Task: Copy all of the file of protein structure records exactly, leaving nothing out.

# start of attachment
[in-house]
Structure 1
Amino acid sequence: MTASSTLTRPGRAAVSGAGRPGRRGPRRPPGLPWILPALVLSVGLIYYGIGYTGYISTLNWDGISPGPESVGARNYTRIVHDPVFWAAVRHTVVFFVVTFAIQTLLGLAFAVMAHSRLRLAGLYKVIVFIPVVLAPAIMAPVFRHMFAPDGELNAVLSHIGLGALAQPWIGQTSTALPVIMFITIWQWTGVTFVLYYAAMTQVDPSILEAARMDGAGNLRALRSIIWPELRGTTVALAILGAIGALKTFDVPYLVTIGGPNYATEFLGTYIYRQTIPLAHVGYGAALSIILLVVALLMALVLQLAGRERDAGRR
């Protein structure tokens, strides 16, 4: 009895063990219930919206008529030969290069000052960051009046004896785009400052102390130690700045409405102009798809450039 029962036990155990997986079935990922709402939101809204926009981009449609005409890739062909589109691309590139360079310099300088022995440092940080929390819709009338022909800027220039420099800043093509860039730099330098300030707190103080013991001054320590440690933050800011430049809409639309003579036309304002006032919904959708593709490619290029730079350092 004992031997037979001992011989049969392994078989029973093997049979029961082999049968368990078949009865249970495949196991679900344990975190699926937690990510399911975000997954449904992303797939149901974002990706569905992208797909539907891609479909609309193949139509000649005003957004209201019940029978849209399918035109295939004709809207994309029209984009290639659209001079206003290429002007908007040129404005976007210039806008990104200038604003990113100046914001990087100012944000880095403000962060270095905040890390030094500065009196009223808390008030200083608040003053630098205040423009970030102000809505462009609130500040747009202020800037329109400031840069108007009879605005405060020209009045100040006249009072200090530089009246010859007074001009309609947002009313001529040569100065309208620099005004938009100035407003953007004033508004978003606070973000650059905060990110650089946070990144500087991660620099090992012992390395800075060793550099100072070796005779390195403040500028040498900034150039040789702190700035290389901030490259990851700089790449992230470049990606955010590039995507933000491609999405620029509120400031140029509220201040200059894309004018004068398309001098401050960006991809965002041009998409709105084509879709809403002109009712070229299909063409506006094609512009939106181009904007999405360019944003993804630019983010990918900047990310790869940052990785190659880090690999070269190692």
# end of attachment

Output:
[in-house]
Structure 1
Amino acid sequence: MTASSTLTRPGRAAVSGAGRPGRRGPRRPPGLPWILPALVLSVGLIYYGIGYTGYISTLNWDGISPGPESVGARNYTRIVHDPVFWAAVRHTVVFFVVTFAIQTLLGLAFAVMAHSRLRLAGLYKVIVFIPVVLAPAIMAPVFRHMFAPDGELNAVLSHIGLGALAQPWIGQTSTALPVIMFITIWQWTGVTFVLYYAAMTQVDPSILEAARMDGAGNLRALRSIIWPELRGTTVALAILGAIGALKTFDVPYLVTIGGPNYATEFLGTYIYRQTIPLAHVGYGAALSIILLVVALLMALVLQLAGRERDAGRR
């Protein structure tokens, strides 16, 4: 009895063990219930919206008529030969290069000052960051009046004896785009400052102390130690700045409405102009798809450039 029962036990155990997986079935990922709402939101809204926009981009449609005409890739062909589109691309590139360079310099300088022995440092940080929390819709009338022909800027220039420099800043093509860039730099330098300030707190103080013991001054320590440690933050800011430049809409639309003579036309304002006032919904959708593709490619290029730079350092 004992031997037979001992011989049969392994078989029973093997049979029961082999049968368990078949009865249970495949196991679900344990975190699926937690990510399911975000997954449904992303797939149901974002990706569905992208797909539907891609479909609309193949139509000649005003957004209201019940029978849209399918035109295939004709809207994309029209984009290639659209001079206003290429002007908007040129404005976007210039806008990104200038604003990113100046914001990087100012944000880095403000962060270095905040890390030094500065009196009223808390008030200083608040003053630098205040423009970030102000809505462009609130500040747009202020800037329109400031840069108007009879605005405060020209009045100040006249009072200090530089009246010859007074001009309609947002009313001529040569100065309208620099005004938009100035407003953007004033508004978003606070973000650059905060990110650089946070990144500087991660620099090992012992390395800075060793550099100072070796005779390195403040500028040498900034150039040789702190700035290389901030490259990851700089790449992230470049990606955010590039995507933000491609999405620029509120400031140029509220201040200059894309004018004068398309001098401050960006991809965002041009998409709105084509879709809403002109009712070229299909063409506006094609512009939106181009904007999405360019944003993804630019983010990918900047990310790869940052990785190659880090690999070269190692």